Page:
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Eunicus (Ancient Greek: Εὔνικος) is the name of two different people in Classical history:
- Eunicus, an Athenian comic poet of the Old Comedy, contemporary with Aristophanes and Philyllius. Only one line of his is preserved, from his play Anteia (Ἄντεια), which was also attributed to Philyllius. The title is taken from the courtesan, Anteia, who is mentioned by Demosthenes and Anaxandrides and who was also made the subject of comedies by Alexis and Antiphanes. There was also a comedy, entitled Poleis (Πόλεις) which was variously ascribed to Aristophanes, Philyllius, and Eunicus. The Suda mentions an "Aenicus" (Αἴνικος) as the author of a play called Anteia, although this is probably the same person.
- Eunicus was a distinguished statuary and silversmith of Mytilene. He seems, from the order in which he is mentioned by Pliny the Elder, to have lived not long before the time of Pompey the Great.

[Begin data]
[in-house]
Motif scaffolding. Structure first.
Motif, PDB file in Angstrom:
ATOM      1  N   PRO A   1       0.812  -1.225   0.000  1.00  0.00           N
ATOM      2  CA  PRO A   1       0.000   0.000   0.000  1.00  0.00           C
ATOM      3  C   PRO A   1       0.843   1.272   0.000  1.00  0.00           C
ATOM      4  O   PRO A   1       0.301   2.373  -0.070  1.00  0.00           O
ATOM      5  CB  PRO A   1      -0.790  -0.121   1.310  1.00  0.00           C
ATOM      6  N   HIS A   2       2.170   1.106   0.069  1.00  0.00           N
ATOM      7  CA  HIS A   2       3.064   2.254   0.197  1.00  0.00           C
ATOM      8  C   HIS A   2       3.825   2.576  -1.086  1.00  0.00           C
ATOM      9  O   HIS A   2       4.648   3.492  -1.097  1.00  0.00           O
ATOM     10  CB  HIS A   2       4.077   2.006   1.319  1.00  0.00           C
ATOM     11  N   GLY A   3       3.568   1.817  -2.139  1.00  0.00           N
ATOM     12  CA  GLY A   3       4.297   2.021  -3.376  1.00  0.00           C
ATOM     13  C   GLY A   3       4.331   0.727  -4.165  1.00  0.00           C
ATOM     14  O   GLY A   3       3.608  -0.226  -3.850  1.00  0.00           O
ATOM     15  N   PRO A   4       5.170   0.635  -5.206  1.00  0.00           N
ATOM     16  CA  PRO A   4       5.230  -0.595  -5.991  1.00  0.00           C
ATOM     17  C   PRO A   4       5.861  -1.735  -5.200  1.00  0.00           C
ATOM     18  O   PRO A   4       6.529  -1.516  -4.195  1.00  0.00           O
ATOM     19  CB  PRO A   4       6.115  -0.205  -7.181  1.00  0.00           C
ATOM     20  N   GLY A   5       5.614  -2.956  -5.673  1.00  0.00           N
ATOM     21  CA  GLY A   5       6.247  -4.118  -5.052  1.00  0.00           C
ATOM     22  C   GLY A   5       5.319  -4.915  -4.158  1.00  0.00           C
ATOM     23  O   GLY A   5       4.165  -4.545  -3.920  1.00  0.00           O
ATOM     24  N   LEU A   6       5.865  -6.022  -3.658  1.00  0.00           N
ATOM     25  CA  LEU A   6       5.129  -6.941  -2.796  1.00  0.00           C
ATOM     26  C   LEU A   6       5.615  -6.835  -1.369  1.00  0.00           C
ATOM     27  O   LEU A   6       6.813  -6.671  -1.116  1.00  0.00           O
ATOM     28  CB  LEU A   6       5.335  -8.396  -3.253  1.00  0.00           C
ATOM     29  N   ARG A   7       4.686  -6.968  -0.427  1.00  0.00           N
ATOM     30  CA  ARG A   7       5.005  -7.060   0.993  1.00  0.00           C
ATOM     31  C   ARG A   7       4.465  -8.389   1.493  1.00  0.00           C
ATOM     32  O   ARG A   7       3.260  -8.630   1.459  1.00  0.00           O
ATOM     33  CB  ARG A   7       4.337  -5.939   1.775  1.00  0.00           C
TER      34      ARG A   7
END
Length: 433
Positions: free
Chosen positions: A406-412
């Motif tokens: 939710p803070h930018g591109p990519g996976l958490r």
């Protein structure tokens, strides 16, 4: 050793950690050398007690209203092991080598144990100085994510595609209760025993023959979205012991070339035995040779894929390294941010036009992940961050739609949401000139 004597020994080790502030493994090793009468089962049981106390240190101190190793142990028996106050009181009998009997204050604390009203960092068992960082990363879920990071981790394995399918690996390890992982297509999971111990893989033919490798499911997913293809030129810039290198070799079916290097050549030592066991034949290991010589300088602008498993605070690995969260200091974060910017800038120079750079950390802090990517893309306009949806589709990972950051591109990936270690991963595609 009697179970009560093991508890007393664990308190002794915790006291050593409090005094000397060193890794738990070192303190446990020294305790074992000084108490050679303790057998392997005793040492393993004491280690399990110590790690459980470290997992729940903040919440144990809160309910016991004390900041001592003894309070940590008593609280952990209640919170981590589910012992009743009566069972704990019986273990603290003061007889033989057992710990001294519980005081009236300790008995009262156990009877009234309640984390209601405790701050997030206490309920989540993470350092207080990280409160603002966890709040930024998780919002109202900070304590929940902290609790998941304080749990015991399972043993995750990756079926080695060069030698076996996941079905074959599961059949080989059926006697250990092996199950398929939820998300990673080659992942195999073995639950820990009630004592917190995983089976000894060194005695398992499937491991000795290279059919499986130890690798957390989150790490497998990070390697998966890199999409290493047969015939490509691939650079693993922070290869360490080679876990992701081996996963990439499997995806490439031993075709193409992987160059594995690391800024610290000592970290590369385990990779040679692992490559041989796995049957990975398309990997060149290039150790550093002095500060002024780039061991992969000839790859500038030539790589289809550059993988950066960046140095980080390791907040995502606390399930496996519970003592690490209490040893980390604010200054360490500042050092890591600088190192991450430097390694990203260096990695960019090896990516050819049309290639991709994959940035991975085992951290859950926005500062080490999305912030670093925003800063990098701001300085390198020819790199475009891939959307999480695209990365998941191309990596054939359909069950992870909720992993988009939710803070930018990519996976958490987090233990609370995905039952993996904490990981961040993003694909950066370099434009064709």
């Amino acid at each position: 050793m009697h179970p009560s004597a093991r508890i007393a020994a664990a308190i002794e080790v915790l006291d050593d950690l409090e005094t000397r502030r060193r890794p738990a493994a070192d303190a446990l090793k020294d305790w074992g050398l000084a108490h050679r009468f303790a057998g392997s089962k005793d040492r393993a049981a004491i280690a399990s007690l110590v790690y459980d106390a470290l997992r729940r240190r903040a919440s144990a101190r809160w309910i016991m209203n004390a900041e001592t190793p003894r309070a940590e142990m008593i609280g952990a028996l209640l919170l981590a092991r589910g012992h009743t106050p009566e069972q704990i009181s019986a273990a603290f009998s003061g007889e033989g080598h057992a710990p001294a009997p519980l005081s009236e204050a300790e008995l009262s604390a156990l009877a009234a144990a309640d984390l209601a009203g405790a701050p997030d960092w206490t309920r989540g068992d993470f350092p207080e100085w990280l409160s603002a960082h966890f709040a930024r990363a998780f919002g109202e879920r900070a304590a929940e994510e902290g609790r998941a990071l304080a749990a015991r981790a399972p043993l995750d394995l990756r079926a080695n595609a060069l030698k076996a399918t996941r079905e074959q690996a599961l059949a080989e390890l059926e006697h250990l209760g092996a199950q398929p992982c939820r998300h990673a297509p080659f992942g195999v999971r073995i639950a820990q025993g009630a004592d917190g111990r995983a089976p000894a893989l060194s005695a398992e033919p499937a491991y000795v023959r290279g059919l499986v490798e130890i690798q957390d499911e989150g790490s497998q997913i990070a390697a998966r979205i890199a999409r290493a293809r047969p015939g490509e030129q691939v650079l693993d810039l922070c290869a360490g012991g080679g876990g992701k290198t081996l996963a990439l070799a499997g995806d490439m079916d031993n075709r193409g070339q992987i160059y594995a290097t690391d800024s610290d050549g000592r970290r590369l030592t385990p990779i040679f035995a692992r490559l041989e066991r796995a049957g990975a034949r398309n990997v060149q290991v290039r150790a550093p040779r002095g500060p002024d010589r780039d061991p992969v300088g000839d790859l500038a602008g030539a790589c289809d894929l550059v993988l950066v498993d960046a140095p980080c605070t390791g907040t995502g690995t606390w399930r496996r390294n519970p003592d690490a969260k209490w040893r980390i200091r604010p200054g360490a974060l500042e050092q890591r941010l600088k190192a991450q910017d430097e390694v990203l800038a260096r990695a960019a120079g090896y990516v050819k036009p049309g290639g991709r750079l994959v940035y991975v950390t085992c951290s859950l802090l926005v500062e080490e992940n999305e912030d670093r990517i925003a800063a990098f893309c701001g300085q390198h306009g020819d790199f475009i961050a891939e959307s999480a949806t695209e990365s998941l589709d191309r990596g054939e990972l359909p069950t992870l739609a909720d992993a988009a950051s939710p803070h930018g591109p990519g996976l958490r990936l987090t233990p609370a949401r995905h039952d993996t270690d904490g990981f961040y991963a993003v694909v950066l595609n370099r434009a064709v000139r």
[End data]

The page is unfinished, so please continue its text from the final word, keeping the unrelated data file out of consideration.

- c. Neaer. p. 1351
- ap. Athen. xv. p. 570, e
- Smith, Philip (1867), "Eunicus (1) and (2)", in Smith, William, Dictionary of Greek and Roman Biography and Mythology 2, p. 94
- Theognostus, ap. Bekker. Anecdot. p. 1369
- Pollux, x. 100
- Meineke, Frag. Com. Graec. vol. i. pp. 249, 250, vol. ii. p. 856
- Fabric. Bibl. Graec. voL ii. p. 444
- Smith, William (1867), "Aenete", in Smith, William, Dictionary of Greek and Roman Biography and Mythology 1, p. 34
- Suda, s.v. Αἴνικος
- Plin. xxxiii. 12. s. 55; xxxiv. 8. s. 19. § 25
- This article incorporates text from a publication now in the public domain: Smith, William, ed. (1867). "article name needed". Dictionary of Greek and Roman Biography and Mythology.